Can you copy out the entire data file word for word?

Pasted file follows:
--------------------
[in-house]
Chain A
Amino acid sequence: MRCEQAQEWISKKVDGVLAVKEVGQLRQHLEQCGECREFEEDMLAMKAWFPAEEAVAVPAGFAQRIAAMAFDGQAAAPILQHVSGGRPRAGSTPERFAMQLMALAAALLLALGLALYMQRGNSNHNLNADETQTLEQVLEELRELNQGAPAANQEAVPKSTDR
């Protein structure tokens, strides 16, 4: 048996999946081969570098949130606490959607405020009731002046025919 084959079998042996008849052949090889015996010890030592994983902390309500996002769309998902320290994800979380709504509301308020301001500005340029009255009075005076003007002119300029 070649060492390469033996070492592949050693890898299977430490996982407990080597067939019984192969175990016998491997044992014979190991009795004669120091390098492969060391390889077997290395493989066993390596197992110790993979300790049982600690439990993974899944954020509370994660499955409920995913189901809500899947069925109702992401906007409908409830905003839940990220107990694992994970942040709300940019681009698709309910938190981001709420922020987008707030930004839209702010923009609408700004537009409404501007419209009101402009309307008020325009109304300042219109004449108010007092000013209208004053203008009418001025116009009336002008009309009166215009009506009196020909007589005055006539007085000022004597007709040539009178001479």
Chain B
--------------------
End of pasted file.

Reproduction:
[in-house]
Chain A
Amino acid sequence: MRCEQAQEWISKKVDGVLAVKEVGQLRQHLEQCGECREFEEDMLAMKAWFPAEEAVAVPAGFAQRIAAMAFDGQAAAPILQHVSGGRPRAGSTPERFAMQLMALAAALLLALGLALYMQRGNSNHNLNADETQTLEQVLEELRELNQGAPAANQEAVPKSTDR
């Protein structure tokens, strides 16, 4: 048996999946081969570098949130606490959607405020009731002046025919 084959079998042996008849052949090889015996010890030592994983902390309500996002769309998902320290994800979380709504509301308020301001500005340029009255009075005076003007002119300029 070649060492390469033996070492592949050693890898299977430490996982407990080597067939019984192969175990016998491997044992014979190991009795004669120091390098492969060391390889077997290395493989066993390596197992110790993979300790049982600690439990993974899944954020509370994660499955409920995913189901809500899947069925109702992401906007409908409830905003839940990220107990694992994970942040709300940019681009698709309910938190981001709420922020987008707030930004839209702010923009609408700004537009409404501007419209009101402009309307008020325009109304300042219109004449108010007092000013209208004053203008009418001025116009009336002008009309009166215009009506009196020909007589005055006539007085000022004597007709040539009178001479």
Chain B